November 27, 2016

"Alchemy" album cover at a V&A Museum exhibition in London.

It is titled "You Say You Want a Revolution? Records and Rebels 1966-1970" and it's a new exhibition at the London Victoria & Albert Museum  until February 27th, 2017 (
"This major exhibition will explore the era-defining significance and impact of the late 1960s, expressed through some of the greatest music and performances of the 20th century alongside fashion, film, design and political activism",  the organisers declare. 

Among lot of artifacts of the period displayed, also the cover of "Alchemy" and a copy of the rare magazine "Albion" created by Steve Pank in May 1968 (now valued around $350).
On the 3CDs realised for the exhibition (64 tracks selected by journalist and writer Jon Savage) no tracks by the Thirds, of course, even if there are some questionable choices (The Rascals, The Impressions, Martha Reeves & the Vandellas, The Flies...).

no©2016 Luca Ferrari (unless you intend to make a profit. In which case, ask first)   

November 19, 2016

TEB new CDs update.

Dear TEB  compulsive listeners,
I have to inform you the announced TEB CDs ("Spirits" and "Brain Waves" reissue) will be available next year: "Spirits" release date is January 27th, 2017.
Gonzo Multimedia's Captain Rob Ayling wrote me it past week - the decision is due the amount of records scheduled by the label (expecially Rick Wakeman's old and new ones).
I'm sorry, but we have to wait for it...

Anyway I'm proud to tell  Carolyn Looker and me are editing the first collection of poems, writings, drawings by Glen Sweeney. It will be published next year, I hope until Summer.

Luca Chino Ferrari

 no©2016 Luca Ferrari (unless you intend to make a profit. In which case, ask first)        

November 14, 2016

Glen, Carolyn and Leonard Cohen...

When I met Glen in the second half of '80's I discovered he and his missus Carolyn loved the music of Leonard Cohen. At the time, in his Sheperd's Bush flat he had all the Cohen albums' cassettes and sometimes  he loved to quote excerpts from Cohen's lyrics.
Because I loved too much Cohen  me too, during the Italian tours sometimes it could happen we chat about his music and his poetry... (also about Bob Dylan, Sun Ra and Indian music, other Glen's favourite topics).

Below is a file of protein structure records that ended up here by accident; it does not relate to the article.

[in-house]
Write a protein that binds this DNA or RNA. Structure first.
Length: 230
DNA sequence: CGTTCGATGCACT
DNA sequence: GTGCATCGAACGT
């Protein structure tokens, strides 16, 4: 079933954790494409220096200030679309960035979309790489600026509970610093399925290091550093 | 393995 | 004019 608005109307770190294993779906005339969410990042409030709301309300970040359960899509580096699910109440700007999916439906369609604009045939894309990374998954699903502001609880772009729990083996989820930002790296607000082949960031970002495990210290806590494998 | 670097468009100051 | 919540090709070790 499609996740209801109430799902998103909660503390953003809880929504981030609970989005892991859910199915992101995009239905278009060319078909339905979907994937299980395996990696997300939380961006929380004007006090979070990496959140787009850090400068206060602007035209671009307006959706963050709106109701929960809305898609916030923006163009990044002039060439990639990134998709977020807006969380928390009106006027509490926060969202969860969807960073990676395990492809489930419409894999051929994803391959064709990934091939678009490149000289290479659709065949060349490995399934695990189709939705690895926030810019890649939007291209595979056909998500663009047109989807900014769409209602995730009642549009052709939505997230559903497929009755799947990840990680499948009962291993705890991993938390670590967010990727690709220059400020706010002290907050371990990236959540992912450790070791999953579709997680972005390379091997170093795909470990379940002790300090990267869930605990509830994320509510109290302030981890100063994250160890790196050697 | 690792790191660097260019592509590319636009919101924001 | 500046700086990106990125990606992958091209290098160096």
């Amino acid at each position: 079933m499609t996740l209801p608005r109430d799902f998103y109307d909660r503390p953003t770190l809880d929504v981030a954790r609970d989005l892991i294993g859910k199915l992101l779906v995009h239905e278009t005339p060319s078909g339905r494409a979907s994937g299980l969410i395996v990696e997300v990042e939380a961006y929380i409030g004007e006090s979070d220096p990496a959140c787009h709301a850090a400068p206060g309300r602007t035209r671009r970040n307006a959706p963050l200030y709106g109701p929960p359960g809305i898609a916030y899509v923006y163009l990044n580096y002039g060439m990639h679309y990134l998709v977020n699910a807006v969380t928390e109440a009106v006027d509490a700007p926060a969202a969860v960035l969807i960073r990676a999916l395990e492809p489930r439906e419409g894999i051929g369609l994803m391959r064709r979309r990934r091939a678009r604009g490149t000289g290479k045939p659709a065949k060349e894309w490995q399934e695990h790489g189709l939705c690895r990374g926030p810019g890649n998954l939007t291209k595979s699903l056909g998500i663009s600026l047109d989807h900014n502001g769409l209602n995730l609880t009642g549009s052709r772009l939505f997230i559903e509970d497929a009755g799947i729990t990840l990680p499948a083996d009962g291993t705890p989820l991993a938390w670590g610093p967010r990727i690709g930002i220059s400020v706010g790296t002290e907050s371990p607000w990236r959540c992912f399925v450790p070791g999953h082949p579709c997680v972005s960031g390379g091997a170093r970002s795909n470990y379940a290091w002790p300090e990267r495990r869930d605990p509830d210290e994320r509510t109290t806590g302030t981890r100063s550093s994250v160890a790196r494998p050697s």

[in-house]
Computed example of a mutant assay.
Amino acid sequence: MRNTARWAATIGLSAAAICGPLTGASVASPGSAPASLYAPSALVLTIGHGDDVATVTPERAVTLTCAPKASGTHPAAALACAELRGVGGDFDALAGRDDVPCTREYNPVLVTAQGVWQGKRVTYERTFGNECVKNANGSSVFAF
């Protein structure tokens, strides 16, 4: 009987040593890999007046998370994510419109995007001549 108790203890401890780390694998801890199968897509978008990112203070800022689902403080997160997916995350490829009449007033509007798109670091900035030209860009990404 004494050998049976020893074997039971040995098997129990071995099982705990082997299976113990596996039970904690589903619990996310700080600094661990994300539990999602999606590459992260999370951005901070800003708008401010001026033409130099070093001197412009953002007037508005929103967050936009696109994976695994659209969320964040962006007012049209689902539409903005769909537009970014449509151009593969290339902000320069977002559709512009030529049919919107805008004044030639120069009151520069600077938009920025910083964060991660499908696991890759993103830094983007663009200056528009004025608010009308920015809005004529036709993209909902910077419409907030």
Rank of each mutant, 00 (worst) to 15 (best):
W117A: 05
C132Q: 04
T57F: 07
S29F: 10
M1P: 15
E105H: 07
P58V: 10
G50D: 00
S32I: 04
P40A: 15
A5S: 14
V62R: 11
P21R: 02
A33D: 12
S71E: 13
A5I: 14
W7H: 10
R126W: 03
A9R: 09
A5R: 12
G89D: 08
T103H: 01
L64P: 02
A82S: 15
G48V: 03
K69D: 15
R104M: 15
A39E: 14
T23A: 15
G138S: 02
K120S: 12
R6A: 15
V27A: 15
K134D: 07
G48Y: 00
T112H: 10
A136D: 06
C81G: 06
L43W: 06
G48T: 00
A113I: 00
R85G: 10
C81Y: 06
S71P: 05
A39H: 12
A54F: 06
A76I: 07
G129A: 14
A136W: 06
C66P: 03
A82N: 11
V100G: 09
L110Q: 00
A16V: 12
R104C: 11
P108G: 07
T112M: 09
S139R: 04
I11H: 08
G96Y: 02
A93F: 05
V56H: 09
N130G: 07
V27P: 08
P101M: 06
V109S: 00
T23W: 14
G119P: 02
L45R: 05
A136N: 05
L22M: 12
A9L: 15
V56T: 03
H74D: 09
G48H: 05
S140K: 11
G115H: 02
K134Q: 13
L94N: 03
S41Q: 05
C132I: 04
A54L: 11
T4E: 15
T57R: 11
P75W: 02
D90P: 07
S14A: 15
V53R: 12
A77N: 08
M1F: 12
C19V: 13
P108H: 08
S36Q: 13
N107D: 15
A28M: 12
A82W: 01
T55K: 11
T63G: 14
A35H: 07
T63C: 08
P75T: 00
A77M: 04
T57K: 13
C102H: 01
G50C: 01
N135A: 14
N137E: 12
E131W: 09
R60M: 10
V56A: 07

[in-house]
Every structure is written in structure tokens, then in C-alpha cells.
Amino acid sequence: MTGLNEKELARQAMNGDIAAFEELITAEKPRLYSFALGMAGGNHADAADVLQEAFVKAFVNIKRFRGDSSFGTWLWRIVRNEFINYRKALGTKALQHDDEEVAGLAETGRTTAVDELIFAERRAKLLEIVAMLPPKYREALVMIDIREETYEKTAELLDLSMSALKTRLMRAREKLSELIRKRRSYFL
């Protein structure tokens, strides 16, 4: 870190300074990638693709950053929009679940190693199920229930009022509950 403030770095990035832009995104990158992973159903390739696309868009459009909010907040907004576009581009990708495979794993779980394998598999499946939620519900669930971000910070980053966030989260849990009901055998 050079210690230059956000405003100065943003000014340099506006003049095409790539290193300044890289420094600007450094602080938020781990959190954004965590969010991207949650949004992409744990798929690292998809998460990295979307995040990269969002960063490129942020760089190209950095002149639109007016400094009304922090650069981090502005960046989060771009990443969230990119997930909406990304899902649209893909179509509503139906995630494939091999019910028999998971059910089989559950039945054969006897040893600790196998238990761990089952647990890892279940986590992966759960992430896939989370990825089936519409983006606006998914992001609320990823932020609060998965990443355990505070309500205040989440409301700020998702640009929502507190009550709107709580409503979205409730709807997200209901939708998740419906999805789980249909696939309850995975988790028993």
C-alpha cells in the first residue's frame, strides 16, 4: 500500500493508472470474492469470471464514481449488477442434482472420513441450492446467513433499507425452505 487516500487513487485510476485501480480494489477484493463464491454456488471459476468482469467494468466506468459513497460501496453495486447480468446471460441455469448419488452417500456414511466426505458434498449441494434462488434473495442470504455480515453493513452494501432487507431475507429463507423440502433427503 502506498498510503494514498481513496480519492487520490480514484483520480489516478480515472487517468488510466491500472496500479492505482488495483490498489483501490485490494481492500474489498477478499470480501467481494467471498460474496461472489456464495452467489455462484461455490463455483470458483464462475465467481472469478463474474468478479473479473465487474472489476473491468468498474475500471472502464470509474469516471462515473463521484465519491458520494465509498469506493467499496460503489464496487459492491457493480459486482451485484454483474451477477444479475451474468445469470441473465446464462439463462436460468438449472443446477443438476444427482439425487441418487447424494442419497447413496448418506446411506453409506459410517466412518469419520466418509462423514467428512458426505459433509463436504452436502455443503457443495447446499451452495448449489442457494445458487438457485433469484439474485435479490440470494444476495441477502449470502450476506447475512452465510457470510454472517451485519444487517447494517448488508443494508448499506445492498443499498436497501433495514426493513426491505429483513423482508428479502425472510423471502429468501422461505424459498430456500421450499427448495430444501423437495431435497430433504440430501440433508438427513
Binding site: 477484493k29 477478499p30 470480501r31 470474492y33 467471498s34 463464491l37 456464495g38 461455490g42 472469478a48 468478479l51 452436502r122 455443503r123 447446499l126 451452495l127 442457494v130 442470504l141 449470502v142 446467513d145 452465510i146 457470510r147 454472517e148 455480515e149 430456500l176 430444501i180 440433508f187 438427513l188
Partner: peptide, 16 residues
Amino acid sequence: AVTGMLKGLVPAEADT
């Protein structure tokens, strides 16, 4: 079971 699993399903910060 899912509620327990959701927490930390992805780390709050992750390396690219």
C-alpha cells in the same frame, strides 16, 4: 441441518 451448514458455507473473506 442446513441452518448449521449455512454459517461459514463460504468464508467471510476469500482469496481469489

Years later Carolyn sent me as a gift a copy of a Leonard Cohen biography written by Ira Nadel, a very good portrait with clever and sensitive insights on Cohen's art.
The day after his death, on November 10th, I wrote to Carolyn because I recalled she and Glen would love Leonard Cohen. She wrote me back this: "Yes, you recall well, I am a huge fan of Leonard Cohen and I listen to him all the time. The news did not surprise me as his new CD is very much a transition to the next life. His son did the arrangements and the music is beautiful. Being Buddhist I'm sure he was totally prepared..."

 no©2016 Luca Ferrari (unless you intend to make a profit. In which case, ask first)

November 09, 2016

Some interesting short reviews on TEB's historical albums...

Mike McLatchey wrote some interesting reviews on TEB's first era albums. It's all published on "Exposé" an American  Web site devote to "exploring the boundaries of Rock".
The Third Ear Band's page is at
with reviews of "Alchemy" and "Third Ear Band", and "Druid Grocking" 1970 video with a very funny title:"Any Band without a Silver-Jacketed Oboe Player Is Not Cool Enough".
Here below you can read the reviews...

"There really was no other quartet like the Third Ear Band, they were even singular in 1969, showing up on the Harvest label next to Pink Floyd. They're difficult to describe, perhaps something like a psychedelic medieval raga band might be close. The instrumentation was unusual with its mix of cellos, violins/violas, oboe/recorders, and table/hand drums, and the combined sound was a bewitching acoustic drone that could sound like Indian classical music, renaissance folk, and hippie drum circle all at once, although the musical strands came together in a very cohesive way. The pounding, insistent drumming sets up something very pagan and tribal, with the strings chopping away and the oboe weaving modal melodies on top, the results lifted by the mythical and mystical titles. I've always found this a completely mesmerizing listen, like opening up some imaginary fabled land and culture from aeons ago. Discogs files them as Neo-Classical and Avantgarde, neither of which seem to fully capture what their sound was like."

"The Third Ear Band quartet got even more experimental for the follow up to their debut album, reducing a bit of the Renaissance feel of some of the compositions on their debut Alchemy. The results were quite a bit more dangerous and certainly more dissonant, with the strings adding some eeriness to the proceedings. I still remember playing this album for the first time in a local record store friendly to progressive music in the early 90s. A customer who had been shopping started shooting quick stinkeye looks at the manager who was at the counter and began to pace the aisles frantically until the dissonant violins and cellos madly moving the album forward must have made her break. She steamed up to the front, screamed "How can you listen to this music?!" and both the manager and I kind of stood with our mouths opens until she immediately exited the front of the place in a huff. We looked at each other and I go, "You should save this one for when you need to clear the place," and we both broke into laughter. So yeah, not for the squeamish, this one, but the album does vary more than what this customer heard, giving unique sonic paintings to all of the four "Elements."

                    TEB 1970-1972 with Paul Minns dressed with the cool silver jacket!
 no©2016 Luca Ferrari (unless you intend to make a profit. In which case, ask first)